NATIONAL BUREAU OF ECONOMIC RESEARCH
NATIONAL BUREAU OF ECONOMIC RESEARCH

Do We Really Know That Financial Markets Are Efficient?

Lawrence H. Summers

NBER Working Paper No. 994 (Also Reprint No. r0783)
Issued in September 1982
NBER Program(s):   EFG   PE

This paper examines the power of statistical tests commonly used to examine the efficiency of speculative markets. It shows that for markets with "long horizons" such as the stock markets, or the market for long term bonds, these tests have very low power. Market valuations can differ substantially and persistently from the rational expectation of the present value of cash flows without leaving statistically discernible traces in the pattern of ex-post returns. This observation also suggests that speculation is unlikely to insure rational valuations, since similar problems of identification plague both financial economists and would-be speculators.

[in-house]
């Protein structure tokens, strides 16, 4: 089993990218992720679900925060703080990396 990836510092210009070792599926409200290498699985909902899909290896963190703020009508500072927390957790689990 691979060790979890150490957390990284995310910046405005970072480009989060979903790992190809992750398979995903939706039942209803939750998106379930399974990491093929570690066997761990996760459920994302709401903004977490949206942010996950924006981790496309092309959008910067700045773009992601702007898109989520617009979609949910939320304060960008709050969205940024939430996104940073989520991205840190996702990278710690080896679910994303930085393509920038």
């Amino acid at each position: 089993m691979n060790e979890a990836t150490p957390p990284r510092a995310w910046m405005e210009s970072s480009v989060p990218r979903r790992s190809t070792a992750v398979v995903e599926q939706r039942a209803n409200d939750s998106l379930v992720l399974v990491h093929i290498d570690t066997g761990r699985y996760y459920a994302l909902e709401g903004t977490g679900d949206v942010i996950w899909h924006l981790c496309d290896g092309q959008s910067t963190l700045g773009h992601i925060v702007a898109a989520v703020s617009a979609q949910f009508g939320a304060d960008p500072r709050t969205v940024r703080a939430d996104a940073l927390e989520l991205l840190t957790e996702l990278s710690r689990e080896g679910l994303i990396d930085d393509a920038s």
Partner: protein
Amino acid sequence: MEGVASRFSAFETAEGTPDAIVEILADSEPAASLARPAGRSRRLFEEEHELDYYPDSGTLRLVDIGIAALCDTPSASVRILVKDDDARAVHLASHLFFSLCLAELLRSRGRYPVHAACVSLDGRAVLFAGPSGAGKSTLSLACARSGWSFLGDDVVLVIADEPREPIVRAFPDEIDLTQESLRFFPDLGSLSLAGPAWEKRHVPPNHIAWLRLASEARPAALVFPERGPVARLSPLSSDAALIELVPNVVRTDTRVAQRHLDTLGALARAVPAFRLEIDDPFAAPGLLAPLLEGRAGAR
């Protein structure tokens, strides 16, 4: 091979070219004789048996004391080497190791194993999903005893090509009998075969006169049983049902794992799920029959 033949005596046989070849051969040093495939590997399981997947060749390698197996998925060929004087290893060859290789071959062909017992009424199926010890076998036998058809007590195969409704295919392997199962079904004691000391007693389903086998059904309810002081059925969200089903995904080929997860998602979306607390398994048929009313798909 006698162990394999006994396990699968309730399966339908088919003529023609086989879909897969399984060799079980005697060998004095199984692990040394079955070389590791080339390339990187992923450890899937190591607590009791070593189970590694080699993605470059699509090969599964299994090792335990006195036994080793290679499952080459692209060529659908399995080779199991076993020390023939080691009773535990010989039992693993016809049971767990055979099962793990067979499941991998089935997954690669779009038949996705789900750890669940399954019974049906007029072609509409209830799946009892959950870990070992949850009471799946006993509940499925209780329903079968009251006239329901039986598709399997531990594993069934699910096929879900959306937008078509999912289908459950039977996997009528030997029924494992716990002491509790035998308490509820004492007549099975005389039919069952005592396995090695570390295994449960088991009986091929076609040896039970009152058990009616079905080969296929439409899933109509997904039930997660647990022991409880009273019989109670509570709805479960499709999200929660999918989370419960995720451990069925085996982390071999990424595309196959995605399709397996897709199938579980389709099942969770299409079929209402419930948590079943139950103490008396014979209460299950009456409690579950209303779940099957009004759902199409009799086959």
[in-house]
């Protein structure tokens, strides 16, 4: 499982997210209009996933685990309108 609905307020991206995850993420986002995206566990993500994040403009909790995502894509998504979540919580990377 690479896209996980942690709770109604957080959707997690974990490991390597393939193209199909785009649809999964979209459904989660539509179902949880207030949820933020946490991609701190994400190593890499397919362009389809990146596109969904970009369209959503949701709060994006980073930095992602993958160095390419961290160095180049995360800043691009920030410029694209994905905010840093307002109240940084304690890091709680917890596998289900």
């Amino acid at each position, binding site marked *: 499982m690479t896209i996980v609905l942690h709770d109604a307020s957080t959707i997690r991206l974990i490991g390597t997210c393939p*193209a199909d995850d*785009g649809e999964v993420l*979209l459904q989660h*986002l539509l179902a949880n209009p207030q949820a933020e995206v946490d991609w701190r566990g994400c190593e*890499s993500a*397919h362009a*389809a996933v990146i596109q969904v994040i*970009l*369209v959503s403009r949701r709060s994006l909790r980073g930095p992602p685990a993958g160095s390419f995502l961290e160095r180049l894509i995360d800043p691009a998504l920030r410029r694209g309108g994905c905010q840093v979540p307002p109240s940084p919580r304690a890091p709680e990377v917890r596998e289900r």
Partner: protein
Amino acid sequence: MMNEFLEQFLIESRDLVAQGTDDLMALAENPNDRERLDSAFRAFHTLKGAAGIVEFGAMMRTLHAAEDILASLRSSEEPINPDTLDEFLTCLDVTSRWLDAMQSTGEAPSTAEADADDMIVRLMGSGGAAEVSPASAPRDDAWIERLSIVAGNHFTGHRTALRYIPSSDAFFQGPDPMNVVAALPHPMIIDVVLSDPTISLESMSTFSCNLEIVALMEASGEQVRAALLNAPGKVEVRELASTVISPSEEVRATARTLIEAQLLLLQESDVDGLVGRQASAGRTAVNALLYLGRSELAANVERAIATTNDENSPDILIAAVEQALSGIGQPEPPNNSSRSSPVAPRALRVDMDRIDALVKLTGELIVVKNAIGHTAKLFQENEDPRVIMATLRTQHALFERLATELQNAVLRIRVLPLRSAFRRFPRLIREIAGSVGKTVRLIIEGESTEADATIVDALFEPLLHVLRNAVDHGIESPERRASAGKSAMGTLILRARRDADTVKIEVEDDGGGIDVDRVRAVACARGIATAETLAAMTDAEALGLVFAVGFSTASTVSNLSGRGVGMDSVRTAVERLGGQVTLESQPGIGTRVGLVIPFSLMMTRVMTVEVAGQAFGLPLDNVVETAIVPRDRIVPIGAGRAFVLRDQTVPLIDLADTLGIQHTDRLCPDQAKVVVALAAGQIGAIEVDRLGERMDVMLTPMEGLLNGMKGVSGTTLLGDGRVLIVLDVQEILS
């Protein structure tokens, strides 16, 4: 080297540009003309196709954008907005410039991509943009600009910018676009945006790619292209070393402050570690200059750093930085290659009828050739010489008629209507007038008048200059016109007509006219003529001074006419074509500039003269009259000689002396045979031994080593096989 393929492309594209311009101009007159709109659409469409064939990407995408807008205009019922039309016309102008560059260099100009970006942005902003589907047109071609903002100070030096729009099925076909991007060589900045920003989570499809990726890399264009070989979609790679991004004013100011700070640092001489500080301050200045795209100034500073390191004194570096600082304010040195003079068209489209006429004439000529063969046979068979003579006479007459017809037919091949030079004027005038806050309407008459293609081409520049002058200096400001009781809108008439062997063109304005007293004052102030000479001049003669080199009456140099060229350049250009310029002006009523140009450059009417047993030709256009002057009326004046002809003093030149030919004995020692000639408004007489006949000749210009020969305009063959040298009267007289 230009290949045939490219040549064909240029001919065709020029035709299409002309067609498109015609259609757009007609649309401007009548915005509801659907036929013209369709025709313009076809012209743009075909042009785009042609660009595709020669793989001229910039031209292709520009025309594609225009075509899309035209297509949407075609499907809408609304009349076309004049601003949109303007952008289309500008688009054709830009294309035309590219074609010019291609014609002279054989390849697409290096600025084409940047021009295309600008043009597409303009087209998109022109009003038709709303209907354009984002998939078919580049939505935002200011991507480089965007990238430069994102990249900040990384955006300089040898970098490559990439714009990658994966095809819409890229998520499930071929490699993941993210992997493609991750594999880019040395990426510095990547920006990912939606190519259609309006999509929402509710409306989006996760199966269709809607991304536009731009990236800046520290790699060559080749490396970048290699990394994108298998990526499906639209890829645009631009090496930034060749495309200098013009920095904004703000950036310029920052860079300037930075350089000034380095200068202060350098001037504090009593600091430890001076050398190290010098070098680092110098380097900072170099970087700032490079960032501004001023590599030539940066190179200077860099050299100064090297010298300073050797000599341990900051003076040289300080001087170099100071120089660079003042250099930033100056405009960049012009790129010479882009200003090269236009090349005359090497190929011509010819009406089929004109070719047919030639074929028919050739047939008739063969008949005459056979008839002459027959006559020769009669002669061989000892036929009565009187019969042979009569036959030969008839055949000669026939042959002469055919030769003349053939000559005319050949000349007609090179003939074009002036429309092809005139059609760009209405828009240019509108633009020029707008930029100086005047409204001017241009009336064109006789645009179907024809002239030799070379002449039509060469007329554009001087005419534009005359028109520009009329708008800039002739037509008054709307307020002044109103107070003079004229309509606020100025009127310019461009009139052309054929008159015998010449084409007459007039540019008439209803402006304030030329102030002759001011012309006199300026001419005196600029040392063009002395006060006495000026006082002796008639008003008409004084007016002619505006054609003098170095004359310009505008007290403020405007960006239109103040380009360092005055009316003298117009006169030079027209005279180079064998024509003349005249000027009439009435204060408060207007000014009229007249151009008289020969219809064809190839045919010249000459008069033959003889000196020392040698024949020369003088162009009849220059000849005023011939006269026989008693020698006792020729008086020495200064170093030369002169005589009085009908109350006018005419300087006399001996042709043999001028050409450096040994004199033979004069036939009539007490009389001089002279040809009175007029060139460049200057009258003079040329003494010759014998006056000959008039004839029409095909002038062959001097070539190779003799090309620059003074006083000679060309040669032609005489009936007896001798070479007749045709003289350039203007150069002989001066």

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Document Object Identifier (DOI): 10.3386/w0994

Published:

  • Summers, Lawrence H. "Do We Really Know that Financial Markets are Efficient?" Corporate Financial Policy, ed. J. Edwards. New Yotk, Cambridge University Press, 1986, pp. 13-24
  • Summers, Lawrence H. "Does the Stock Market Rationally Reflect Fundamental Values?" Journal of Finance. Vol. 41, No. 3, (July 1986), pp. 591-601.

 
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